Nah; mama can take care of boo-boo if she wants, dada gonna sprint towards the left real-quick.
 
I wouldn't pay for the child under divorce if it WAS mine; if it wasn't I'd be out of there so fast regardless.
 
(Looks up for a few slow seconds)......Oh s***! What is that; a plane?!?! Dada runs marathon-fast out the court room, never to be seen again.
 
So, a woman who bears a child while unmarried can petition a court for paternity testing in order to get child support. In a divorce proceeding, a man is presumed to be the father and is required to pay child support unless he contests paternity and requests dna testing. However, even if it is proved that he is not the biological father, that doesn't necessarily mean that he will not be liable for child support. In many states, the principal of equitable fatherhood then comes into play. If a man has acted as a father, provided monetary support, made health decisions, bonded with the child, the court, in its discretion, which is wide, could still mandate child support. Certainly, however, if the child was a newborn, for instance, that would weigh heavily on the scales.

This is getting funny...So hypothetically, if you leave someones wife pregnant, that man is going to raise the child because he does not know. Even if he is smart/detective and finds out, he still is the one who has to raise the kid. Isn't this a system that willfully or not favors cheaters and men that are "players".
 
This is getting funny...So hypothetically, if you leave someones wife pregnant, that man is going to raise the child because he does not know. Even if he is smart/detective and finds out, he still is the one who has to raise the kid. Isn't this a system that willfully or not favors cheaters and men that are "players".

Well, he doesn't have to raise the child, and if he finds out soon, I doubt that the court would require him to pay child support, but yes, if he finds out when the child is twelve, depending on the other circumstances, he might be required to provide some economic support.

Also, let's look at this realistically. Until very recently, there was no such thing as paternity testing. So, a certain percentage of men, higher or lower depending on the culture, have raised children who are not biologically their own. That's no doubt how this saying came about: It's a wise man who knows his own father.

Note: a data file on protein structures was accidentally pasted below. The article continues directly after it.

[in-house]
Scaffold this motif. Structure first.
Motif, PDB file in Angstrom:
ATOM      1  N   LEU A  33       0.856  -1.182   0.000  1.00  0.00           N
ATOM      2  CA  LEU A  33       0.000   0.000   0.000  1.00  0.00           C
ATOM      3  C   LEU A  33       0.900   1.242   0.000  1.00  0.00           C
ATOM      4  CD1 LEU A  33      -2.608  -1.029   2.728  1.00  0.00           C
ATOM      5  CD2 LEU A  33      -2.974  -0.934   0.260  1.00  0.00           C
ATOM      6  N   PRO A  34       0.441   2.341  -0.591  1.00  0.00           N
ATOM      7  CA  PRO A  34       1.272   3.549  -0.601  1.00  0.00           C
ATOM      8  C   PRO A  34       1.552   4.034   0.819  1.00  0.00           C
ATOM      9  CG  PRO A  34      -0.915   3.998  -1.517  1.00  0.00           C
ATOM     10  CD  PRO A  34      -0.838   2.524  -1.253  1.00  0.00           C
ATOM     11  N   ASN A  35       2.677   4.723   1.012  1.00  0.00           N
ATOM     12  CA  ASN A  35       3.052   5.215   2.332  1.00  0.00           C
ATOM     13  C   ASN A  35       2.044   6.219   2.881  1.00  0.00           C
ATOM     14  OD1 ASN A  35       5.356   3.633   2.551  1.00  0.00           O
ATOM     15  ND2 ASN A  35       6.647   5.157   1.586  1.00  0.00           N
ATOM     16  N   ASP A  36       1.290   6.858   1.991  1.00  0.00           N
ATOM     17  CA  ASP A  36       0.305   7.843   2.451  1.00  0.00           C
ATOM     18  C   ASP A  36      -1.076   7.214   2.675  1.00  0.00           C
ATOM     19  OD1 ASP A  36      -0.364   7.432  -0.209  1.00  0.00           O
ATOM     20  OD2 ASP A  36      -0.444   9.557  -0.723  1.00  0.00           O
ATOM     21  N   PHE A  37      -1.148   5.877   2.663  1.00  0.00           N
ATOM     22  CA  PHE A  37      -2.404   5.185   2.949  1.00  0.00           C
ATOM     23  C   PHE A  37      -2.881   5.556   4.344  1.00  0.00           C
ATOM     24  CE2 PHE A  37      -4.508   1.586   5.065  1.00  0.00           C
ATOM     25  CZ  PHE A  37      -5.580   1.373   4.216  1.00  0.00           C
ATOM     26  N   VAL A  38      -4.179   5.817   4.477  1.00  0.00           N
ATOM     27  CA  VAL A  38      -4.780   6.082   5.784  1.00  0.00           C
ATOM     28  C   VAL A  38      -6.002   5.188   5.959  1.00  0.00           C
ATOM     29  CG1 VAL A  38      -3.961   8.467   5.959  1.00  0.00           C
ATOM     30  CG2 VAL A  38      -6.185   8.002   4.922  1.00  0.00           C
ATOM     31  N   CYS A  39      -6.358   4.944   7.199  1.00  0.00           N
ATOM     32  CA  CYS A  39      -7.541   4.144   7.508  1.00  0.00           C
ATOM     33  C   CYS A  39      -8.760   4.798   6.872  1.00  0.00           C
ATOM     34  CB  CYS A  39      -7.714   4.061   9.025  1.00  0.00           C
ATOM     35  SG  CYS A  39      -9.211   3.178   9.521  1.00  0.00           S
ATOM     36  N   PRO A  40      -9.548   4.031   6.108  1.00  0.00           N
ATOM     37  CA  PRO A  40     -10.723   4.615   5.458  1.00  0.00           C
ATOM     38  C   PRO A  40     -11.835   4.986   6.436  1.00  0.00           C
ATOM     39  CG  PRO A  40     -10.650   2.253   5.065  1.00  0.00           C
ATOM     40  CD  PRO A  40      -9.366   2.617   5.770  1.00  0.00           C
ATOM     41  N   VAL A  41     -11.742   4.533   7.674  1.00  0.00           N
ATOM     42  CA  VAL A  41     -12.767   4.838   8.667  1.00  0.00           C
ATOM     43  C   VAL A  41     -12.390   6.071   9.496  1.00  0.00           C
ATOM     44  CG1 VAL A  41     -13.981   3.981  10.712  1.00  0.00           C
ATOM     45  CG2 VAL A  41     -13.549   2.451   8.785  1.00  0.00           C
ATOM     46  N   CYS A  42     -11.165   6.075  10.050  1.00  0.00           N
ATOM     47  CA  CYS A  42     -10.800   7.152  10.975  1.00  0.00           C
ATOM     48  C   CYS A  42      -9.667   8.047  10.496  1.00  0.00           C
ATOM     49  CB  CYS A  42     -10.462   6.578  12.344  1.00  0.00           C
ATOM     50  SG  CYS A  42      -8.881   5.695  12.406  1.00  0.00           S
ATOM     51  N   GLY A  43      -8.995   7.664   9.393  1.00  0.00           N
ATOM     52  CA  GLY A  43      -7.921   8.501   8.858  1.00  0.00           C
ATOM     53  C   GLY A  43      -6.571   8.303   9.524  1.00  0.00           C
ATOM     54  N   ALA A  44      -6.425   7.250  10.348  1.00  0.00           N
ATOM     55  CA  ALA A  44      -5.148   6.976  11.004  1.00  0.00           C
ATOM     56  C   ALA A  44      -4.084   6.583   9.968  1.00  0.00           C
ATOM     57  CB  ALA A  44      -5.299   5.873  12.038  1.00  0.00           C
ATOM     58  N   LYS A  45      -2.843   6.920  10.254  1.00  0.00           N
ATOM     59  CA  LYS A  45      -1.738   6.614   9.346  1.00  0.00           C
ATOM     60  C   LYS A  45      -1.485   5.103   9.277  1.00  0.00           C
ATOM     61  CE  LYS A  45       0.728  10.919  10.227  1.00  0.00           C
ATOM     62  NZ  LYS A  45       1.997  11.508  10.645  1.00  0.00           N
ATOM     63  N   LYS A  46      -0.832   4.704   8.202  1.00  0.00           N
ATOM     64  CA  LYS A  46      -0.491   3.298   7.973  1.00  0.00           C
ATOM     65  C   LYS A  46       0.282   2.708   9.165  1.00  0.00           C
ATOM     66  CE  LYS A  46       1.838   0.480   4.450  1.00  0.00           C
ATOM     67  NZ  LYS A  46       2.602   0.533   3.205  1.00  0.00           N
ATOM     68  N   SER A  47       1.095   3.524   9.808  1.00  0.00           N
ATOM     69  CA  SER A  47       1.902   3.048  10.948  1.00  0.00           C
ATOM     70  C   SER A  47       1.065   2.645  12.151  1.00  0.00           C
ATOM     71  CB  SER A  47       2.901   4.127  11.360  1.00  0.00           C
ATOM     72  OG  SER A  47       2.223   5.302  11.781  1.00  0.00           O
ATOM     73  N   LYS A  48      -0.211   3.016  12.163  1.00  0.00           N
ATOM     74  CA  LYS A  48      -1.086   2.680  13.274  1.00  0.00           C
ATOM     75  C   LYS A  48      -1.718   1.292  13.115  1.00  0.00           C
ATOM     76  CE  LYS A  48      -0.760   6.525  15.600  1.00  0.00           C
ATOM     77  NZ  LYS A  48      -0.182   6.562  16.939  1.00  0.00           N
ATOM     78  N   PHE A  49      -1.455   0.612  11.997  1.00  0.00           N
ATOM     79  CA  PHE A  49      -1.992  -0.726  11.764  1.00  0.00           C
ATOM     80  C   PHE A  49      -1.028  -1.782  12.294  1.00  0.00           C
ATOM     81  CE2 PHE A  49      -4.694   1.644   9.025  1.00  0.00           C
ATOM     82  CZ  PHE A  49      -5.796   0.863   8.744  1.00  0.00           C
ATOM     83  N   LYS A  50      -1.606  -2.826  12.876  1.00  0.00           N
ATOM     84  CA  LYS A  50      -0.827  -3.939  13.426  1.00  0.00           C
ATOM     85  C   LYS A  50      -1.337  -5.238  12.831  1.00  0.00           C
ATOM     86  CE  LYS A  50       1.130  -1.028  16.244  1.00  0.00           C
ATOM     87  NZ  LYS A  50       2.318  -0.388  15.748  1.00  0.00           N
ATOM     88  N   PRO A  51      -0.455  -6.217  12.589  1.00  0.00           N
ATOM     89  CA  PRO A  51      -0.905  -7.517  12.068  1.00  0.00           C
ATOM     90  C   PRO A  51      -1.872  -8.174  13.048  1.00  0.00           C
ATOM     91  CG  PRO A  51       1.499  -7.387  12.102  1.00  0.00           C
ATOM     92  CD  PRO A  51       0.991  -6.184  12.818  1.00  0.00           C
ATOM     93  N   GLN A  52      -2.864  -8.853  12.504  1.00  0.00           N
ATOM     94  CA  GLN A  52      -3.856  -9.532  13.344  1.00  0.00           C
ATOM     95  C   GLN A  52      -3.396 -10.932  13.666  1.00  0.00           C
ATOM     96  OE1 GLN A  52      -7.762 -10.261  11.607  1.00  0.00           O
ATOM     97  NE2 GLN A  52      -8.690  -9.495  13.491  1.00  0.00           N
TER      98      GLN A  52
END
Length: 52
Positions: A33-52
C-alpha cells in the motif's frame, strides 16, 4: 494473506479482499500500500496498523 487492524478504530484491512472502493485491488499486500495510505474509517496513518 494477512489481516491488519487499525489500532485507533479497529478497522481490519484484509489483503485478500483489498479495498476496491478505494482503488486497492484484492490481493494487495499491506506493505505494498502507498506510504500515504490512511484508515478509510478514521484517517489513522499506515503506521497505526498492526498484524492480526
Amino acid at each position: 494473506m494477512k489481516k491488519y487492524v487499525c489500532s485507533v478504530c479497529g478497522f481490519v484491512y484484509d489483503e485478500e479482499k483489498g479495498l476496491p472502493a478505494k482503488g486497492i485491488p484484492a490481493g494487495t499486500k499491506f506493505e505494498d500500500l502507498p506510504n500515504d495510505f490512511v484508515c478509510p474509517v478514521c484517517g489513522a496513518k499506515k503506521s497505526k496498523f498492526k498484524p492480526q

It's not always slanted against men, either. Think of the many situations in the past where a man has fathered children outside marriage, and voluntarily made financial provisions for them, even if the money had initially been his wife's and would eat into the inheritance of her legitimate children. Today, it's not even dependent on the father's good will and sense of responsibility. He can father a child, and the mother can petition for child support and he and his legitimate family have to share their resources with the illegitimate child.
 
Well, he doesn't have to raise the child, and if he finds out soon, I doubt that the court would require him to pay child support, but yes, if he finds out when the child is twelve, depending on the other circumstances, he might be required to provide some economic support.

Also, let's look at this realistically. Until very recently, there was no such thing as paternity testing. So, a certain percentage of men, higher or lower depending on the culture, have raised children who are not biologically their own. That's no doubt how this saying came about: It's a wise man who knows his own father.

It's not always slanted against men, either. Think of the many situations in the past where a man has fathered children outside marriage, and voluntarily made financial provisions for them, even if the money had initially been his wife's and would eat into the inheritance of her legitimate children. Today, it's not even dependent on the father's good will and sense of responsibility. He can father a child, and the mother can petition for child support and he and his legitimate family have to share their resources with the illegitimate child.

The "player" guy always contributes to his own children thou, as opposed to the married guy who might contribute to someone elses. On the other hand, the woman also contributes only to her own children, except the very rare case when she is rich and her husband takes her money to give to his illegitimate children. I guess it comes down to if you see kids as a privilege or as a burden. If you see them as a responsibility/burden then being married is not the optimal solution for a man.